AT ORACLE: OTN Bulletin
The User ExperienceBy Justin Kestelyn
On the virtues of the MacBook Pro and face time with your peers at Oracle OpenWorld
If my sightings of the notebook in use at developer conferences are any indication, the Apple MacBook Pro has become very popular in a relatively short amount of time (a couple of years). In Web 2.0 circles, it is now the de facto choice. I have no data to support this observation, but based on the “noisiness” of Mac aficionados across the Oracle Technology Network (OTN) community, I’m comfortable taking it on faith.
Clearly, the ready availability of excellent virtualization software means that the seductive tactile experience offered by the MacBook Pro (and I speak from experience here) is reason enough for this development; you don’t even have to be developing for the Mac OS to find that hardware platform an attractive one. But for developers using scripting languages and tools such as Ruby on Rails, PHP, and Python natively on the Mac, native Mac support from Oracle Database is more than just icing on the cake; it is the cake.
The community has warmly welcomed the availability of Oracle Database 10g Release 2 (10.2.0.4) for the Mac OS X/Intel x86-64, and Mac-ophile Oracle ACEs including Raimonds Simanovskis and Alex Gorbachev have stepped into the breach by publishing their own installation guides—within 48 hours of the release, no less—to complement the available documentation. If you didn’t have a good excuse for getting that MacBook before, you certainly have one now. You can find the referenced downloads and installation guides at OTN’s Mac OS X developer center.
Dwindling travel budgets may have made virtual events a new cottage industry, but there’s still no substitute for face time with your peers. If you can afford to take only one such opportunity this year, then it has to be Oracle OpenWorld San Francisco, 2009 edition.
I won’t attempt to write about this immense conference in any detail here, but I do want you to know that Oracle Develop, the developer event (located at the San Francisco Marriott this year) that coincides with Oracle OpenWorld, is more deserving of your attention than ever. Whether you’re interested in database-backed application development (using Oracle Application Express, .NET, and Ruby/PHP), rich enterprise applications, SOA, Oracle Fusion development, or Java Platform, Enterprise Edition development, there’s a deep-dive technical session and/or hands-on lab at Oracle Develop for you. Even better, the cost is only US$100 more than a Full Conference Pass. If you’re seeking a more “extreme” experience than that offered at Oracle OpenWorld, attending Oracle Develop is practically a no-brainer.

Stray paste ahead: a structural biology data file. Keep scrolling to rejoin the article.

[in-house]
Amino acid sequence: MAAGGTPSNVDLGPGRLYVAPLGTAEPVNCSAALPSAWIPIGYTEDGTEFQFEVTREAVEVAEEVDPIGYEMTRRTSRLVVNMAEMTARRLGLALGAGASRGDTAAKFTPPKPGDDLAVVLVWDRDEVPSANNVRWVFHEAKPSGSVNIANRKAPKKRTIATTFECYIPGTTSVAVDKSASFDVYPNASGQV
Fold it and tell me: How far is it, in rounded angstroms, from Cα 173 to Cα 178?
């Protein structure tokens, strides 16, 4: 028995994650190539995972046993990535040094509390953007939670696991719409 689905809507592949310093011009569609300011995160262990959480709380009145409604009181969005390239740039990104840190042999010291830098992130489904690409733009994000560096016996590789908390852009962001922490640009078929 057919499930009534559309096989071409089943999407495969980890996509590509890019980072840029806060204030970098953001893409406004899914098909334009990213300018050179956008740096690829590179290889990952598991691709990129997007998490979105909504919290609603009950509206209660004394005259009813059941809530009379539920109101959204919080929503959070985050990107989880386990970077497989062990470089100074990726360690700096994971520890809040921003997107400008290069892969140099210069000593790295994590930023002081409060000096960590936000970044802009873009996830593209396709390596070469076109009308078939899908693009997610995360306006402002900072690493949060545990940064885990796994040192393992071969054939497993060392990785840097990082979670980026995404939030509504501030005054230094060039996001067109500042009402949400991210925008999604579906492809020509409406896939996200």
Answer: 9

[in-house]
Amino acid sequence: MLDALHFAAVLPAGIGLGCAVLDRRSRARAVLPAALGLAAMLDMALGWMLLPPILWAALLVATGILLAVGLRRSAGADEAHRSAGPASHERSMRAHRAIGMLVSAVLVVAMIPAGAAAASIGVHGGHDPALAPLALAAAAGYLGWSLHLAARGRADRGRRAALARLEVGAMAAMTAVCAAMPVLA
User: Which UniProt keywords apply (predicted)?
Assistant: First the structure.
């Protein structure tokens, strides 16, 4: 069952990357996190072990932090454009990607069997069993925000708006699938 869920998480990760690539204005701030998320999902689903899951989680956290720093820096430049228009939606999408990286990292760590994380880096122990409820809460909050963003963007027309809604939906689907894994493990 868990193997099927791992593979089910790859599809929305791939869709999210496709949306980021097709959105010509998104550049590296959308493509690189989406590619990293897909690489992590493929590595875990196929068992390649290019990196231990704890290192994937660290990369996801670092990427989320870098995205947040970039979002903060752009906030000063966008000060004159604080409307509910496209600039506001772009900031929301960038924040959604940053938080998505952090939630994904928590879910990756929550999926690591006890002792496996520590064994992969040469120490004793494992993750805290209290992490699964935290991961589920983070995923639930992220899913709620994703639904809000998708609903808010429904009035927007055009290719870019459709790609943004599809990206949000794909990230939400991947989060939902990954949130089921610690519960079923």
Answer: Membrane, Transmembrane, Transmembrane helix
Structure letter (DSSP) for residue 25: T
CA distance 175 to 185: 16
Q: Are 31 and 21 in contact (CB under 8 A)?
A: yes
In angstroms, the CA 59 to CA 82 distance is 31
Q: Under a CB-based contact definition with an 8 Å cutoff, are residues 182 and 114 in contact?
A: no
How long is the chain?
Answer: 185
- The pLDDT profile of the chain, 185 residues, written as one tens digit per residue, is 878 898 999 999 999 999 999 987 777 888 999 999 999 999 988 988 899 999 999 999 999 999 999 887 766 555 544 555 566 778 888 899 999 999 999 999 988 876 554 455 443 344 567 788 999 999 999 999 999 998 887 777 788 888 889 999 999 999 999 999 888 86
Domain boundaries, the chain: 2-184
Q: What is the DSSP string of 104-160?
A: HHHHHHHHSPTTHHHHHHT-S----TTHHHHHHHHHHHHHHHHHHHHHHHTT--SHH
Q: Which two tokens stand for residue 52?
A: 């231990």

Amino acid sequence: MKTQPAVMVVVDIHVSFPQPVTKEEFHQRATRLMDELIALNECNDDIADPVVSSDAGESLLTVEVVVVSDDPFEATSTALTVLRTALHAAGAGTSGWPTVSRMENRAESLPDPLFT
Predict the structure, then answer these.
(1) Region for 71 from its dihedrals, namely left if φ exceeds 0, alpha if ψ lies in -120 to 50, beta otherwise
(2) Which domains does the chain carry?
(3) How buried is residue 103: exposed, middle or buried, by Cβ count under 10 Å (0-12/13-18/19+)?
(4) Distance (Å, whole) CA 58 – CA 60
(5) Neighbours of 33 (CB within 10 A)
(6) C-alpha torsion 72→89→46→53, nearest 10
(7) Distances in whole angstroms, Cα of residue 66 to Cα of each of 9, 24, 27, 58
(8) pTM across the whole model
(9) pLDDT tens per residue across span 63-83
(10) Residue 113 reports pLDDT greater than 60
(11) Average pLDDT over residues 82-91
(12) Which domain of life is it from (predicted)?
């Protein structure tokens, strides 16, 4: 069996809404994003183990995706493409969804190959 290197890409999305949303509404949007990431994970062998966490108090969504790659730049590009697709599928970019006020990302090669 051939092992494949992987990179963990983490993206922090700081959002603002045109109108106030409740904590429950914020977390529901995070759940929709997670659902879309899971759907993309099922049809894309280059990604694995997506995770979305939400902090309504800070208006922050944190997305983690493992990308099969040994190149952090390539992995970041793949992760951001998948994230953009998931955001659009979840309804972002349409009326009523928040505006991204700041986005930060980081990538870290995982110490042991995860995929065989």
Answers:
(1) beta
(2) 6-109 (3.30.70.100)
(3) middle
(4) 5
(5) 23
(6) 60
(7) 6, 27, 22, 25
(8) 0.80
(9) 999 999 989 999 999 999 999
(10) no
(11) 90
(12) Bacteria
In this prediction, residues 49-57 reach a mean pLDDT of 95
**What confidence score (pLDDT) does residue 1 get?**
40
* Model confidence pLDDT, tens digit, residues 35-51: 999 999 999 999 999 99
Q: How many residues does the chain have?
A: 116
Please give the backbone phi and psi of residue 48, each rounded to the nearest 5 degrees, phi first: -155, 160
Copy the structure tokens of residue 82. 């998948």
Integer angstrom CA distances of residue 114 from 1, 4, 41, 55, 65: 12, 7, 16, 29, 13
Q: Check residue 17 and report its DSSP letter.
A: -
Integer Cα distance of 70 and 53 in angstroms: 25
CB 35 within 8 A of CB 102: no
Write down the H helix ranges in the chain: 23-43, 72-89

As usual, you can also expect a “shadow” agenda from OTN, including the ever-popular OTN Lounge and its associated giveaways and prizes, Oracle ACEs in abundance, and another raucous OTN Night party (this time in the Howard Street tent right next to Moscone Center, so no excuses). And if you were not among the lucky souls to have your paper accepted during the open call for papers, you can still present on a topic of your choice at the third annual OTN-incubated Oracle OpenWorld Unconference.
You can register for Oracle OpenWorld and Oracle Develop at oracle.com/openworld. For more information about the Oracle Develop program, visit oracle.com/us/openworld/018069.htm. Update the Oracle OpenWorld Unconference agenda with your topic at wiki.oracle.com/page/oracle+openworld+unconference.
I also want to direct your attention to a new blog maintained by the Oracle VM team, where you can get up-to-date information about installation, configuration, best practices, and product road maps, to name just a few of the topics covered. Although virtualization is approaching mainstream status in the desktop world, inside the data center the concept is still on the uptake. This new blog will help you get a grip on many of the issues involved. Find it at blogs.oracle.com/virtualizaton.
Justin Kestelyn (firstname.lastname@example.org) is senior director, Oracle Technology Network and developer programs, as well as OTN editor in chief.